SOURCE: Kalorama Information

Kalorama Information

May 19, 2010 11:17 ET

Economy, Healthcare Reform Could Limit Growth of Nursing Home Industry

NEW YORK, NY--(Marketwire - May 19, 2010) -  The recently enacted healthcare reform legislation and the recent economic downturn are among the factors that will slow growth in the nursing home market, according to a new report from independent healthcare market research publisher Kalorama Information. While the $104 billion nursing home market will grow, the report estimates it will increase by just 3% this year as opposed to the 5% predicted by Kalorama prior to the recession a few years ago. These findings are included in their report on the industry, "Long Term Care Market: Nursing Homes, Home Care, Hospice Care, and Assisted Living."

"There are three main forms of payment for nursing homes -- Medicaid, Medicare and equity loans," said Bruce Carlson, publisher of Kalorama Information. "All are under pressure with the economic situation and healthcare reform." 

With the average nursing home costing over $75,000 per year, some patients resort to equity loans or home sale proceeds to cover the costs, a funding source that has been put under strain by the decline in the housing market. But more than half of nursing home costs are paid by Medicaid or Medicare. This funding will change with the Patient Protection and Affordable Care Act that was signed into law on March 23. The law cuts more than $500 billion in planned Medicare payments to nursing homes, hospitals, hospices and other providers over the next 10 years. But the law also requires the HHS Secretary to submit a report on the appropriateness of establishing a health care-acquired condition (HCAC) policy related to nursing homes, and it creates financial incentives for states to shift Medicaid beneficiaries out of nursing homes and into home and community based services (HCBS) by providing Federal Medical Assistance Percentage increases to states to rebalance their spending between nursing homes and HCBS by October 2015. Kalorama thinks these measures will lead to funding cuts.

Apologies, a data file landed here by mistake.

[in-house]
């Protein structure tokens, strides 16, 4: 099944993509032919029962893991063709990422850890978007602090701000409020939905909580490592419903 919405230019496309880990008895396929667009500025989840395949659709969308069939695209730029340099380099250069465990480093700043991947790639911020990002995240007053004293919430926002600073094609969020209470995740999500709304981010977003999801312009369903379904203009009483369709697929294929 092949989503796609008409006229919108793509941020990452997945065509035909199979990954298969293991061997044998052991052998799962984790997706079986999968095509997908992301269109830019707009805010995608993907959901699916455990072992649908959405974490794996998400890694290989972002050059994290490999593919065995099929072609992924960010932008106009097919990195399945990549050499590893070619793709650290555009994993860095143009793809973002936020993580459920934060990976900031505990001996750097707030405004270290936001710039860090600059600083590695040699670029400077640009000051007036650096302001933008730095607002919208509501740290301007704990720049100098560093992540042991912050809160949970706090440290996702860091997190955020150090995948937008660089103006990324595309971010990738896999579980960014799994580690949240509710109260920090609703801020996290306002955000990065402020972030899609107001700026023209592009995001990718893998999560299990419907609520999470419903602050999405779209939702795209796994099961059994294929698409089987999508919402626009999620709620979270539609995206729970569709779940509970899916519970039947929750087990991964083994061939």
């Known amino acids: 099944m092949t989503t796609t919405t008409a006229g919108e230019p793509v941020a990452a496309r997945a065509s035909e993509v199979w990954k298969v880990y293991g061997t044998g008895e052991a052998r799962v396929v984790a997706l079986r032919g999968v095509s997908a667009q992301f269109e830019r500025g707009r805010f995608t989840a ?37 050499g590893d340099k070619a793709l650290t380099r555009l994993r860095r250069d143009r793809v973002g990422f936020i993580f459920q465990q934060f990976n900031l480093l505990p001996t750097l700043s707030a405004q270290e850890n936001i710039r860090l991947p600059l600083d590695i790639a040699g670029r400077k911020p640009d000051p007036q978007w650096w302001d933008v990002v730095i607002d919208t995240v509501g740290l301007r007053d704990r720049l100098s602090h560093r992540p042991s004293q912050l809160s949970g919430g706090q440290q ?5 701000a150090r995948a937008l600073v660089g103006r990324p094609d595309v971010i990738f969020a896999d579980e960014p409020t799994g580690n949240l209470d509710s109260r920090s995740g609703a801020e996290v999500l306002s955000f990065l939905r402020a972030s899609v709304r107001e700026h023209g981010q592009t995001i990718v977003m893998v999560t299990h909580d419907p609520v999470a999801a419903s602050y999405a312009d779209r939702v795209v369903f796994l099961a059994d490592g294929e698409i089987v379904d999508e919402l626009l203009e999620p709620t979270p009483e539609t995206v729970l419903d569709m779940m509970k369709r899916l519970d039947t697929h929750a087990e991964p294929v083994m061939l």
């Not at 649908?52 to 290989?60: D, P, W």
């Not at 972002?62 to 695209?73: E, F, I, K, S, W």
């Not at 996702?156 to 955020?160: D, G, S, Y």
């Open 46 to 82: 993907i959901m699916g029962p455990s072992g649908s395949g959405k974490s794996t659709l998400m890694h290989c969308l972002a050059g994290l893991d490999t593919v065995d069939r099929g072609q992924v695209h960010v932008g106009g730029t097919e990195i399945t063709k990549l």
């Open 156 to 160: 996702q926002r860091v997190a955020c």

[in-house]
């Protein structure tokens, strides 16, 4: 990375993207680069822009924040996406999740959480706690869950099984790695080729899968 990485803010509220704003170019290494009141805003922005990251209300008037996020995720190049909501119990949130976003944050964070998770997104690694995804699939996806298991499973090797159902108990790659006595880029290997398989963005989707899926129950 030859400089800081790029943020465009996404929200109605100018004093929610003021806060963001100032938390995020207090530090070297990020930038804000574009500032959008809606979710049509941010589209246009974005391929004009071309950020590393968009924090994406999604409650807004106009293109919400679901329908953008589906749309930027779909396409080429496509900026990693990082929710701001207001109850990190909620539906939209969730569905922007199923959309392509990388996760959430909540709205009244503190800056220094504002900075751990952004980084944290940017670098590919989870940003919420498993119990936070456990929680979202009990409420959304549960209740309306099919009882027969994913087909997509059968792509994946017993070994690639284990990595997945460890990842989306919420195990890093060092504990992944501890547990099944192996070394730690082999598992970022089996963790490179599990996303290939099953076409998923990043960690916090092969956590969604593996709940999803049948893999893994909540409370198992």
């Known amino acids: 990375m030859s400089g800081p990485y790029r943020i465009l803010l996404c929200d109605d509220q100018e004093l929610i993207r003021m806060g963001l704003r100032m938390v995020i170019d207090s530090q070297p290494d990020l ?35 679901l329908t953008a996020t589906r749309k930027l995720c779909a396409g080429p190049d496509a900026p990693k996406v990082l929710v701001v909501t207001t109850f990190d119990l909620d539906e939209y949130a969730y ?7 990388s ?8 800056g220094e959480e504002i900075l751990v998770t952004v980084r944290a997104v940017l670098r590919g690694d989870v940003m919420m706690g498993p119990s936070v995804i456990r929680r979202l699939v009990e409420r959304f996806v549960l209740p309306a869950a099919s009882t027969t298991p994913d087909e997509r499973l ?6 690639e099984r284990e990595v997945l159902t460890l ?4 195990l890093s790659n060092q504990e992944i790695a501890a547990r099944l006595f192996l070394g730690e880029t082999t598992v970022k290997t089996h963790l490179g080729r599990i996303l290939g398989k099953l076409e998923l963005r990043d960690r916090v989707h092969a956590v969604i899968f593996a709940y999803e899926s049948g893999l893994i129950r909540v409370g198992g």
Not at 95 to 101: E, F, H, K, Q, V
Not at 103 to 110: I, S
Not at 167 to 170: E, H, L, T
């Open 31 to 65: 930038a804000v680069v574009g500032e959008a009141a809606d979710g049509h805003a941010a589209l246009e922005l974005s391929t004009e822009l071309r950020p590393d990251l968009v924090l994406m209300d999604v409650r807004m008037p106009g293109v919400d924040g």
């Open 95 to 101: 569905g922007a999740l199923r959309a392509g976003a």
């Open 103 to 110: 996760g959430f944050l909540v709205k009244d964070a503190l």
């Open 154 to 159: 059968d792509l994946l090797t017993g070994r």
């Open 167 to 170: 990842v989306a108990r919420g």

"These two changes don't represent direct cuts, but they strongly suggest cuts," Carlson said. "An HCAC policy could potentially decrease payments, while encouraging Medicaid patients to receive home care will likely mean fewer paid patients for nursing home providers."

In 2009, approximately $104 billion was spent on nursing home care in the United States, up from $86.4 billion in 2005, according to the report. Only about 28% of this is paid out of pocket by patients, while over half is paid by Medicaid or Medicare. ManorCare, Beverly Enterprises and Sun Healthcare are leading competitors in this market. Kalorama Information does expect some improvement for these companies and others in the market over the long term as home prices improve and long-term care insurance becomes more common.

Kalorama Information's report, "Long Term Care Market: Nursing Homes, Home Care, Hospice Care, and Assisted Living," provides markets, forecasts, competitive analysis and trend information for the long term care market. The report is available from Kalorama Information at:

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